PAWTUCKET – Revenue from the city’s traffic camera enforcement program is projected to come up short of budgeted amounts for the 2020-2021 fiscal year ending in June, but not by as much as one might think given school zone cameras being shut down for long periods and fewer cars being on the road.

Wilder Arboleda, spokesman for Mayor Donald Grebien, responded to a Breeze inquiry this week by saying that the total revenue to date from the red-light camera and speed zone program is $1.1 million. The budgeted amount for the entire year is $2.46 million.

Arboleda reiterated that the Pawtucket Traffic Camera Safety Program is first and foremost meant to keep children and families safe when schools are in session and operational.

“With some schools reopening once again, we ask that residents continue to drive with caution through our schools and neighborhoods,” he said.

With some students expected to now come back to Jenks Middle School, Varieur Elementary, Nathanael Greene Elementary and Potter-Burns Elementary in a partial return to school, cameras in zones near those schools will all come back online, said Arboleda. Those were the same schools where cameras were on for the first semester of the year before schools were shut down early for a long Christmas break.

Two of those schools also happen to be along the busiest local roadways, including Newport Avenue and Smithfield Avenue, and two others are on Division Street and Pleasant Street.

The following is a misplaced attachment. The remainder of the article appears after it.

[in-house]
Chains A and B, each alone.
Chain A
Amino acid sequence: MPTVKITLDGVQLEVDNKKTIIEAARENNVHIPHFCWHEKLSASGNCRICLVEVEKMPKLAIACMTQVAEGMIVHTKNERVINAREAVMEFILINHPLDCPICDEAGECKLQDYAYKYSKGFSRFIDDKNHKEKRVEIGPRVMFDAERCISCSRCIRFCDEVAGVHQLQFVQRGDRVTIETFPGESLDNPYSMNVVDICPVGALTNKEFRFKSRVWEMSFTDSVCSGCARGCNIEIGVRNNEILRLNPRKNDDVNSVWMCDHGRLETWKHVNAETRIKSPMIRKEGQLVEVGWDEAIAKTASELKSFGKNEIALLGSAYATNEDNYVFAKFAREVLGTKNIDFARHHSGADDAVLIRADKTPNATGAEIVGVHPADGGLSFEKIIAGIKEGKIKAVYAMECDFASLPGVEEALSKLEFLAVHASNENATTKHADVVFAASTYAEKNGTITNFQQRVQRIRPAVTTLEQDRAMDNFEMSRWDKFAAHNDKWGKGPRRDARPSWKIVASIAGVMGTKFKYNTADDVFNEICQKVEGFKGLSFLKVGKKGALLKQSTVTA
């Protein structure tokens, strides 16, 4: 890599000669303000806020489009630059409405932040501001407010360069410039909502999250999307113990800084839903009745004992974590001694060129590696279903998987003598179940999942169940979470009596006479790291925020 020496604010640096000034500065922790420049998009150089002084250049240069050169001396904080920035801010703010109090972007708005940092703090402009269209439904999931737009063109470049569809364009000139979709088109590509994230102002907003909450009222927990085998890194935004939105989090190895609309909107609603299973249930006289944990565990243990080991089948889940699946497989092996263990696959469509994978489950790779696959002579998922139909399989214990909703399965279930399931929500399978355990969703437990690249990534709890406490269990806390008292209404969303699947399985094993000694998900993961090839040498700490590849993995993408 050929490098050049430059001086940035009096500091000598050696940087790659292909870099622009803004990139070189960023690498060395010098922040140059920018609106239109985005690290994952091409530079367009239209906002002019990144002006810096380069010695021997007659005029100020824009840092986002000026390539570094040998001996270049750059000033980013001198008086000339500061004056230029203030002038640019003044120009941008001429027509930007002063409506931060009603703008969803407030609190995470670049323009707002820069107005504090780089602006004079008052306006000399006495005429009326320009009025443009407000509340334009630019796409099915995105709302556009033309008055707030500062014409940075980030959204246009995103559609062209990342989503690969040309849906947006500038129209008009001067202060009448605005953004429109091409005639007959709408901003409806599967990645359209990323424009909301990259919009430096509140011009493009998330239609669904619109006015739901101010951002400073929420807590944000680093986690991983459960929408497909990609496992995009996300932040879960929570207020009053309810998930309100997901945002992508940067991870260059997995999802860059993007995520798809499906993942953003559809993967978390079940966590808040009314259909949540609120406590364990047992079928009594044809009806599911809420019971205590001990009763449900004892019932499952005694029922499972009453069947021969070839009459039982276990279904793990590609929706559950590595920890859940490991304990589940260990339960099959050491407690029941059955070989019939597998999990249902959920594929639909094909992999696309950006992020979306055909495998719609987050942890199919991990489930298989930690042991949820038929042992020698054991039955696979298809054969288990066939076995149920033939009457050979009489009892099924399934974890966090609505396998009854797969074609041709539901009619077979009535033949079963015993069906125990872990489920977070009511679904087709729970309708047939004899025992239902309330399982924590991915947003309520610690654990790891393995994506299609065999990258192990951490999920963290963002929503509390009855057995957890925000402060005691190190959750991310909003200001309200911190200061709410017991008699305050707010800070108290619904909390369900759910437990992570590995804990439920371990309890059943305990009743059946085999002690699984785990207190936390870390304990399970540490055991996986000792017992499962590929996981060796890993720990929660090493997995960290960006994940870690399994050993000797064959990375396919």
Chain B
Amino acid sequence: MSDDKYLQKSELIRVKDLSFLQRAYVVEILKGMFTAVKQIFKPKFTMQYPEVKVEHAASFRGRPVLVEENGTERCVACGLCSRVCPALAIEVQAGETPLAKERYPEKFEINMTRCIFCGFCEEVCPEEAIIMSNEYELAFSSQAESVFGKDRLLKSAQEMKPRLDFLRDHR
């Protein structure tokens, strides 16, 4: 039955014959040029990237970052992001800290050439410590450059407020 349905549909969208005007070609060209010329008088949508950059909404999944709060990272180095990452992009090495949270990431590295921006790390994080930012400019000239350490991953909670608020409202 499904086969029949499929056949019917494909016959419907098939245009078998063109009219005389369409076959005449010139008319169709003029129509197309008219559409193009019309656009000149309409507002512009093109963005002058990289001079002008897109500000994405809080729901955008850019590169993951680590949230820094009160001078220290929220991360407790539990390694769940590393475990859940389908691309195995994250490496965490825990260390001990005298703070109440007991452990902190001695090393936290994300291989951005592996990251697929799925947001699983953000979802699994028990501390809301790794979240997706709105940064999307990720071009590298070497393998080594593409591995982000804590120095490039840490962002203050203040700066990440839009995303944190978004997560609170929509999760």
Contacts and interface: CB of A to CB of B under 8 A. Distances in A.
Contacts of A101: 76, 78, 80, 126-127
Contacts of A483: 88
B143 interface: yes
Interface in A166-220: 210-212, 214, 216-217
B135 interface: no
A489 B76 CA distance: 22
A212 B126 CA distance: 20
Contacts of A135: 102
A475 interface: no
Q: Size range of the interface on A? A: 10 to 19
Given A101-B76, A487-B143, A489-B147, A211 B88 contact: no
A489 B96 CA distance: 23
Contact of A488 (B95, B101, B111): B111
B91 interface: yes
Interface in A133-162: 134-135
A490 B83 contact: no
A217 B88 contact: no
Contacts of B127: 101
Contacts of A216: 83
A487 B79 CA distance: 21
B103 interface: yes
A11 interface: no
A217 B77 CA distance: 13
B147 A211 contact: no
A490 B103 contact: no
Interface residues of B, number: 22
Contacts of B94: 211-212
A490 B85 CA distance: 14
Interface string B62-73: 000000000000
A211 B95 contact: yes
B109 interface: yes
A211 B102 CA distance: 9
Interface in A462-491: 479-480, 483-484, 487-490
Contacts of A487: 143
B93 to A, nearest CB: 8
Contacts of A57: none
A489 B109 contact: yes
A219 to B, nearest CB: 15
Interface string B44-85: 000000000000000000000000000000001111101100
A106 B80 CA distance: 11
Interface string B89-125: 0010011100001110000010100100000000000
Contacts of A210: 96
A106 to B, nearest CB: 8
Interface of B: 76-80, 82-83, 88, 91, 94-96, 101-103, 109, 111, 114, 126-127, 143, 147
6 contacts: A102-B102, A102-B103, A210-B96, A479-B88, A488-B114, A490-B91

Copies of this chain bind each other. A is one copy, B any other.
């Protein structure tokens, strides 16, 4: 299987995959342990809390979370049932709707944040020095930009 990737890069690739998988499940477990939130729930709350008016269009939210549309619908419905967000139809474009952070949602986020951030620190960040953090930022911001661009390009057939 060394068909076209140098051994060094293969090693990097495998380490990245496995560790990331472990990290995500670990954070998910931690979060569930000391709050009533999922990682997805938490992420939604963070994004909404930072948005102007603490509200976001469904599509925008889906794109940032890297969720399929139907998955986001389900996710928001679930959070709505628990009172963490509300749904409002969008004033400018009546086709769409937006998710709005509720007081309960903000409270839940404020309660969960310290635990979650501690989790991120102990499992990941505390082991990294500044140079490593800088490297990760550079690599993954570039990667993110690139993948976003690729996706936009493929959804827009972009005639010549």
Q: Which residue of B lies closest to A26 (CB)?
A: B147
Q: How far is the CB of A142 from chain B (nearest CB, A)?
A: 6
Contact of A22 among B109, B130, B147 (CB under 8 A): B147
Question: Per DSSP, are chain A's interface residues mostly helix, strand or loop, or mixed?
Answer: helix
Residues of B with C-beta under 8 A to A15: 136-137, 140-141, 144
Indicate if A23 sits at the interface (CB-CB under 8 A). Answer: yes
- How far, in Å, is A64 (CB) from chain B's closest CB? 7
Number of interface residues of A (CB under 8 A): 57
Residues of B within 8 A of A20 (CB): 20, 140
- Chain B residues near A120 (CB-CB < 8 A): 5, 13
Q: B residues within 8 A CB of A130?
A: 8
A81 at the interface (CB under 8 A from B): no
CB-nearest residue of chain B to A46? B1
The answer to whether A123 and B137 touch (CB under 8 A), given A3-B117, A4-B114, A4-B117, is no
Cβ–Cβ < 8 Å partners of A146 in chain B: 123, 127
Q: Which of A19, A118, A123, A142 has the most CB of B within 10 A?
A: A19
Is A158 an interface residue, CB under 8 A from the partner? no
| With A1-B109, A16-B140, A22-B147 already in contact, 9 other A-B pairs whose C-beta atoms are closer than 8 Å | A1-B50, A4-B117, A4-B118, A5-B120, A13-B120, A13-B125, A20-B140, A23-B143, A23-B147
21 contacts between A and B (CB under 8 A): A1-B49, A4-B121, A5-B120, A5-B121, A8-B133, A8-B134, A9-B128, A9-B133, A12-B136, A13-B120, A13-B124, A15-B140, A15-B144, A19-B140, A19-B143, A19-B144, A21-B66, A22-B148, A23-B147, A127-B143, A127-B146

Arboleda said budget projects were based on nationwide statistics for the first year of having a traffic safety camera program in place. Projections were kept lower for conservative budgeting purposes, he said.

“The city’s goal is for this program to reduce speeding and save lives through education. The revenues are slightly below projections halfway through the year. We hope this number is down based on individuals’ awareness to follow the law in order to save lives versus the cameras that were not operational,” he said.

This is one of a number of budget projections that has fallen below forecasts mostly due to the ongoing coronavirus pandemic, he added.

Responding to a question on how the lower revenues impact private camera operator Sensys Gatso, Arboleda said the city negotiated strict terms with the company to protect taxpayers. The city only pays a fee for cameras when they are operational.

A violation captured by Pawtucket’s red-light camera program comes with an $85 fine. That compares to $50 for speeding in school zones. As a reminder, cameras trigger a violation and a $50 ticket when a driver hits 11 mph over the 20 mph speed limit, or 31 mph.

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